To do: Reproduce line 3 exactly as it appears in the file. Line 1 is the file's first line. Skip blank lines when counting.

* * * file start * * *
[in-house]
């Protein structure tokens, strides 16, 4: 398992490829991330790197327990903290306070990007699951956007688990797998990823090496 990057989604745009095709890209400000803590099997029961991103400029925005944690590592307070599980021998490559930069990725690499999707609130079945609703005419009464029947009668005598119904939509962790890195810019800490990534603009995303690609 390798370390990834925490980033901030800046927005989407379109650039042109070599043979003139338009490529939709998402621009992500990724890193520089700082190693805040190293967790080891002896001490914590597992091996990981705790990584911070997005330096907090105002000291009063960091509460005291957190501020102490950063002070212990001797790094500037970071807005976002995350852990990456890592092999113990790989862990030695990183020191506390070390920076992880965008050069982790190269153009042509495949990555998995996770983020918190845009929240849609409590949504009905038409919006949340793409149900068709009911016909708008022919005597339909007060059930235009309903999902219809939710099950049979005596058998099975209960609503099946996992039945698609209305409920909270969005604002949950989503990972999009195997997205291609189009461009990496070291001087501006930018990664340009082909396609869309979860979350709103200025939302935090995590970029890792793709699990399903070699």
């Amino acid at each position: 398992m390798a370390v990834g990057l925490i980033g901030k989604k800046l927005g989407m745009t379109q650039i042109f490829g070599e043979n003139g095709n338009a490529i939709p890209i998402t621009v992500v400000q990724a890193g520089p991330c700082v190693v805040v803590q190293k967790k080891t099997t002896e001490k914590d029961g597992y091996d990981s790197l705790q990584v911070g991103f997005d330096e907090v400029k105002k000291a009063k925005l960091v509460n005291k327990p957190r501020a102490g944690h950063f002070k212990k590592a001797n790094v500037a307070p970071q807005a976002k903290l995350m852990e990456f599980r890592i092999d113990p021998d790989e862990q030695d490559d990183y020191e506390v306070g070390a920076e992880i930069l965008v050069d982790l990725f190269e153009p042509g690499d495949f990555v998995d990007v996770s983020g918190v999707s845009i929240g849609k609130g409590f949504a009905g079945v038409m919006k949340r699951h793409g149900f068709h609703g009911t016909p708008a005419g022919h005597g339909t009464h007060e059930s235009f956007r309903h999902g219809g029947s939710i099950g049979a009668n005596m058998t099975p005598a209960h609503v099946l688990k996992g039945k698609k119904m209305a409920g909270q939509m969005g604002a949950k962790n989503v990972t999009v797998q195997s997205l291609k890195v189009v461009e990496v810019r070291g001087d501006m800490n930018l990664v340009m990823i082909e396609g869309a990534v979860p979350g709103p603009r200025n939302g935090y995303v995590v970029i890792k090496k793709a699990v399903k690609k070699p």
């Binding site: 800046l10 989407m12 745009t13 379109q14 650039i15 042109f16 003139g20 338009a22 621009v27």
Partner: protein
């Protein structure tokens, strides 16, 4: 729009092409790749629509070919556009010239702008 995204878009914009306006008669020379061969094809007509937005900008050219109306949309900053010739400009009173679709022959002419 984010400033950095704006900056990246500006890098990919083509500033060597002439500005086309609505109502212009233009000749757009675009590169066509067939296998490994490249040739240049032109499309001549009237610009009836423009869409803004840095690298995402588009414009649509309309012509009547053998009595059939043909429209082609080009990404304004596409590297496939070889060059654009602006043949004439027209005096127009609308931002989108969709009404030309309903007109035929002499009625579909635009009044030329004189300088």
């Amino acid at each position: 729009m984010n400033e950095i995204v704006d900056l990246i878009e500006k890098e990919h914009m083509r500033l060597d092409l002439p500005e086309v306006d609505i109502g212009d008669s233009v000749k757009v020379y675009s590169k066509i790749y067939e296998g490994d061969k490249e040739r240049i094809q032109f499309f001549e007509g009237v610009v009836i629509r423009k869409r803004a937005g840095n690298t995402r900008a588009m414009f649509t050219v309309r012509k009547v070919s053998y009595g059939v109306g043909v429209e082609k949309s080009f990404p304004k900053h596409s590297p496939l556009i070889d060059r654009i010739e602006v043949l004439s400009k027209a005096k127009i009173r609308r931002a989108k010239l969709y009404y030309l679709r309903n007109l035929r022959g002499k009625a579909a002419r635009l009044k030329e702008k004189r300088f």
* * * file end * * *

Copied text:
């Amino acid at each position: 398992m390798a370390v990834g990057l925490i980033g901030k989604k800046l927005g989407m745009t379109q650039i042109f490829g070599e043979n003139g095709n338009a490529i939709p890209i998402t621009v992500v400000q990724a890193g520089p991330c700082v190693v805040v803590q190293k967790k080891t099997t002896e001490k914590d029961g597992y091996d990981s790197l705790q990584v911070g991103f997005d330096e907090v400029k105002k000291a009063k925005l960091v509460n005291k327990p957190r501020a102490g944690h950063f002070k212990k590592a001797n790094v500037a307070p970071q807005a976002k903290l995350m852990e990456f599980r890592i092999d113990p021998d790989e862990q030695d490559d990183y020191e506390v306070g070390a920076e992880i930069l965008v050069d982790l990725f190269e153009p042509g690499d495949f990555v998995d990007v996770s983020g918190v999707s845009i929240g849609k609130g409590f949504a009905g079945v038409m919006k949340r699951h793409g149900f068709h609703g009911t016909p708008a005419g022919h005597g339909t009464h007060e059930s235009f956007r309903h999902g219809g029947s939710i099950g049979a009668n005596m058998t099975p005598a209960h609503v099946l688990k996992g039945k698609k119904m209305a409920g909270q939509m969005g604002a949950k962790n989503v990972t999009v797998q195997s997205l291609k890195v189009v461009e990496v810019r070291g001087d501006m800490n930018l990664v340009m990823i082909e396609g869309a990534v979860p979350g709103p603009r200025n939302g935090y995303v995590v970029i890792k090496k793709a699990v399903k690609k070699p």